Gertrude Shope: Bantu education protester and liberator
17 Jul 2018 LIFESTYLE
By Nomali Cele
In 2017, Gertrude Shope was a Panelist at one of the many thoughtful events held to commemorate the centenary of former ANC president, O.R Tambo. Most young people are slowly becoming aware of the impact of our woman struggle heroes. At the Tambo 100 event we became aware, some of us for the first time, not only of her but of the extent of her contributions to the struggle.
Between 1963 and 1964, Nelson Mandela, Walter Sisulu, Andrew Mlangeni, Govan Mbeki, Ahmed Kathrada, Raymond Mahlaba, Elias Motsoaledi, Danny Goldberg, Lionel Bernstein and James Kantor were defendants in the Rivonia trial. Mandela was named as accused number one and Sisulu as accused number two.
Gertrude Shope was born to South African parents but grew up in Zimbabwe. A qualified teacher, Shope eventually left education because she refused to be part of disseminating Bantu Education. She instead favoured more empowering work such as in nursing and teaching other women craft skills. She was a member of the Federation of South African Women (FEDSAW) and its Jabavu branch chairperson for a time in the late 1950s and early 1960s. At the 2017 Tambo 100 memorial women’s month event, Shope was in conversation with Frene Ginwala and Nana Ngobese who served UMkhonto Wesizwe in exile much like her.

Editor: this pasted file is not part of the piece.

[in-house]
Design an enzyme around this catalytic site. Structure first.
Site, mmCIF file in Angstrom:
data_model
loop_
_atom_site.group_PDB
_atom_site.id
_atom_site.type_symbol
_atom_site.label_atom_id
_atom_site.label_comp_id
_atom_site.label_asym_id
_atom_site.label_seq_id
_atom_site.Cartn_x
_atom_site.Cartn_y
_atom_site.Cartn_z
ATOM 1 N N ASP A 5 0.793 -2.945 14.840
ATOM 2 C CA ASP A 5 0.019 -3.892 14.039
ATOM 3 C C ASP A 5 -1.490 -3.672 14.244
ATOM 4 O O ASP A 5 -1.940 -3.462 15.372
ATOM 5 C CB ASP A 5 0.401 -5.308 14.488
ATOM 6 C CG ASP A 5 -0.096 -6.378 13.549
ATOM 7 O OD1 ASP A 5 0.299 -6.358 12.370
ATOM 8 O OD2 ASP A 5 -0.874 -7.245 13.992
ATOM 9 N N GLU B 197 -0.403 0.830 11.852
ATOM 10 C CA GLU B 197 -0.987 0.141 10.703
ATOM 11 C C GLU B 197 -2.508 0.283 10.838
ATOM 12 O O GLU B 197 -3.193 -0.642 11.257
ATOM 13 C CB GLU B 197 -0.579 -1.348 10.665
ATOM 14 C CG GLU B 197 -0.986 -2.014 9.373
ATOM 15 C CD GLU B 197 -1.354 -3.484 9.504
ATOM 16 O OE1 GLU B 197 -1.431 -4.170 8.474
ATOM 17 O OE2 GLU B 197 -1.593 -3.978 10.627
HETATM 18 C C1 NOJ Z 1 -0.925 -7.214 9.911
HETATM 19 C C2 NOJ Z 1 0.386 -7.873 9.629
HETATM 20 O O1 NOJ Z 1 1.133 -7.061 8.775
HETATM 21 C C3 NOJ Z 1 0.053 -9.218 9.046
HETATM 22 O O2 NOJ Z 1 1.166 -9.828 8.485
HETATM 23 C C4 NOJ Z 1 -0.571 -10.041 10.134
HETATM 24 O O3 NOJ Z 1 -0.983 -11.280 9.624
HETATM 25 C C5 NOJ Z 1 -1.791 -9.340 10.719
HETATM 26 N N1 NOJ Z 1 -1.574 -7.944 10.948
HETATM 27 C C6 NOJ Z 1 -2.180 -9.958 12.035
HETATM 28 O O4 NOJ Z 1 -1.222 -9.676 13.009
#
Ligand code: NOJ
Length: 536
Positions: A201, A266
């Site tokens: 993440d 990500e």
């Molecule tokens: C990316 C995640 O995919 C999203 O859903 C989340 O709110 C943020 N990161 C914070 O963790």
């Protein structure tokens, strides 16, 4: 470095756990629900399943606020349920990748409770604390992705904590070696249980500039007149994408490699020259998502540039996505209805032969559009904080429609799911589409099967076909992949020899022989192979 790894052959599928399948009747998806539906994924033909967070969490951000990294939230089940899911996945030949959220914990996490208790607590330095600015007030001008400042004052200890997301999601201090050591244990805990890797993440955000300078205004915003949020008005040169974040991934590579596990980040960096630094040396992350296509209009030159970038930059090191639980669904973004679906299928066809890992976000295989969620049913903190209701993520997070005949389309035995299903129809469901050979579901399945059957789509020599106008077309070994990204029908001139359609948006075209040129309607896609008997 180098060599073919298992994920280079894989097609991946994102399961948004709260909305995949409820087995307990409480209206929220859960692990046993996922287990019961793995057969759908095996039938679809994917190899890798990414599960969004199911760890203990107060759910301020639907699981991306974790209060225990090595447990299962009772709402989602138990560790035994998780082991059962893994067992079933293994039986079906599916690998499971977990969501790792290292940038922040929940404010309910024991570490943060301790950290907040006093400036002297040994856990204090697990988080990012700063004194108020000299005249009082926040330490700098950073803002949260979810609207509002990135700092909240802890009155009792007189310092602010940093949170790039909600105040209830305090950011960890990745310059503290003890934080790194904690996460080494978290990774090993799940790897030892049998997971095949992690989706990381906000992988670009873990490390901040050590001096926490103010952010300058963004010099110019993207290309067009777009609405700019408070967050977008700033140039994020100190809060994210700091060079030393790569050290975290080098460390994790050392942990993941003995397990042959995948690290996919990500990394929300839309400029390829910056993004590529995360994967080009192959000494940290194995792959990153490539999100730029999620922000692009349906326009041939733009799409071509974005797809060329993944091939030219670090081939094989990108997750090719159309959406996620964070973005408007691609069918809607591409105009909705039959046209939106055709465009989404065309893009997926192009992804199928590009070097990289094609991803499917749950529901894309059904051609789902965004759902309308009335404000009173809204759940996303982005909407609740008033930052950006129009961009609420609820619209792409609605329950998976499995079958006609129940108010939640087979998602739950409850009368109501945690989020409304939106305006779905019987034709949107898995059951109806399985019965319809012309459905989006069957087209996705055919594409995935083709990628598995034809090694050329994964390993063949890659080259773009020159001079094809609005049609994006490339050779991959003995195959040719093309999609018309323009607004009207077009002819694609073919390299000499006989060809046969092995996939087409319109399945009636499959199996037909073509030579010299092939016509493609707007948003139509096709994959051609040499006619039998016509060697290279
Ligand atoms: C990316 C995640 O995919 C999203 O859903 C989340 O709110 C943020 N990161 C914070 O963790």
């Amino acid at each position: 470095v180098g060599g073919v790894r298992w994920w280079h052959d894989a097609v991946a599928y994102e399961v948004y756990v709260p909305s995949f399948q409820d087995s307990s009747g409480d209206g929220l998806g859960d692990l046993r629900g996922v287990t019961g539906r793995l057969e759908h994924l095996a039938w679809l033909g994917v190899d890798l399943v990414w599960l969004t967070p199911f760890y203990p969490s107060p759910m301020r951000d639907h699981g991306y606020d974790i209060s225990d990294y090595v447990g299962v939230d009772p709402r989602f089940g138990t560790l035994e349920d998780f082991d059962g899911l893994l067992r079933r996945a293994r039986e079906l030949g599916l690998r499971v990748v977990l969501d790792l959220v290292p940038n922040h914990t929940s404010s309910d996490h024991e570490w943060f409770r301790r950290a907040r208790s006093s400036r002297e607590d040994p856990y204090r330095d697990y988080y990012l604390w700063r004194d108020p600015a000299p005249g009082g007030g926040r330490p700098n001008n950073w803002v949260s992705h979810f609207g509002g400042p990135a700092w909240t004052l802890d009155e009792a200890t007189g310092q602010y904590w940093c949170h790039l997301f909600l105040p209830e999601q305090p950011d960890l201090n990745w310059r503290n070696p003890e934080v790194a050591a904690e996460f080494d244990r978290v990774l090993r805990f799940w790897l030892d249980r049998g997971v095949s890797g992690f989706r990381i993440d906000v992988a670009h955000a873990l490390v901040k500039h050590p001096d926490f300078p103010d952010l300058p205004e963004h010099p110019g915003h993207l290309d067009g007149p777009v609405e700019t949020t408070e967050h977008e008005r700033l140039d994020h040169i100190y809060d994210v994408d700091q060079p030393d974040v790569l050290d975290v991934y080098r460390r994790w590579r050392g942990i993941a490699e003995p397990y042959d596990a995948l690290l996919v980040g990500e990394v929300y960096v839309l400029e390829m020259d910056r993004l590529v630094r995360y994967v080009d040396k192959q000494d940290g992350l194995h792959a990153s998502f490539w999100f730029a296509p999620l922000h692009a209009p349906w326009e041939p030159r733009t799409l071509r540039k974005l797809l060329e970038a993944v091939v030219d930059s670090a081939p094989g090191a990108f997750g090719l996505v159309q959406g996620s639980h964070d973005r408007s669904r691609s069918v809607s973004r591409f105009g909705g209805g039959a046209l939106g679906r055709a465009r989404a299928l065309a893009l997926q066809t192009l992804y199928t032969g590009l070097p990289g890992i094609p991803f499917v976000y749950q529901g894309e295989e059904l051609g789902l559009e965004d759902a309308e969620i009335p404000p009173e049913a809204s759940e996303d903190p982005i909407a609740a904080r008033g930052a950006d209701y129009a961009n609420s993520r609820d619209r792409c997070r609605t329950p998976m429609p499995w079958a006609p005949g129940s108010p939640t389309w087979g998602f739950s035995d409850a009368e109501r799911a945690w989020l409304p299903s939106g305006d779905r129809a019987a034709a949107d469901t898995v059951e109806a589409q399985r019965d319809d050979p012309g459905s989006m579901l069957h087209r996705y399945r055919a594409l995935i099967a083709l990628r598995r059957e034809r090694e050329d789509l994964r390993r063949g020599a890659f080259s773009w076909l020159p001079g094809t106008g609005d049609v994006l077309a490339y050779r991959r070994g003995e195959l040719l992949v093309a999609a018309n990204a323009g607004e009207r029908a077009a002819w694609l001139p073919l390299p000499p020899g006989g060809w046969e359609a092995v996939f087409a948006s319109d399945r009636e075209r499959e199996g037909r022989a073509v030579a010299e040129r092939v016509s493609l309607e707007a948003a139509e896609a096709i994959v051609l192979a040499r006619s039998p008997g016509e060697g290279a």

Gertrude Shope’s life in exile
Shope went into exile in 1966 where she joined her husband and got more entrenched in the anti-apartheid struggle. Her activism while in exile led her to different roles such as secretary of the ANC’s Women’s Section president. Gertrude Shope was the ANC’s Chief Representative in Lusaka, where her family was primarily based. In later years, she was also president of the ANC Women’s League and member of the first democratic parliament.
Rewind to the Rivonia trial in 1963 and 1964, and to the long list of named accused and co-conspirators. Shope’s name appears alongside the names of Oliver Tambo and Joe Slovo as a co-conspirator. Bram Fischer, one of the lawyers for the Rivonia Trialists, would later play a role in encouraging Shope to go into exile. It’s in exile where her political activism kicked into a higher gear. In exile, Shope’s family, which included a daughter, Lyndall Shope-Mafole, who would go on to co-found COPE in 20018, was raised always, to “always think of the people back home.”
Let’s celebrate Shope and many others who walked with Mandela in his long to our freedom.
Featured image courtesy of GCIS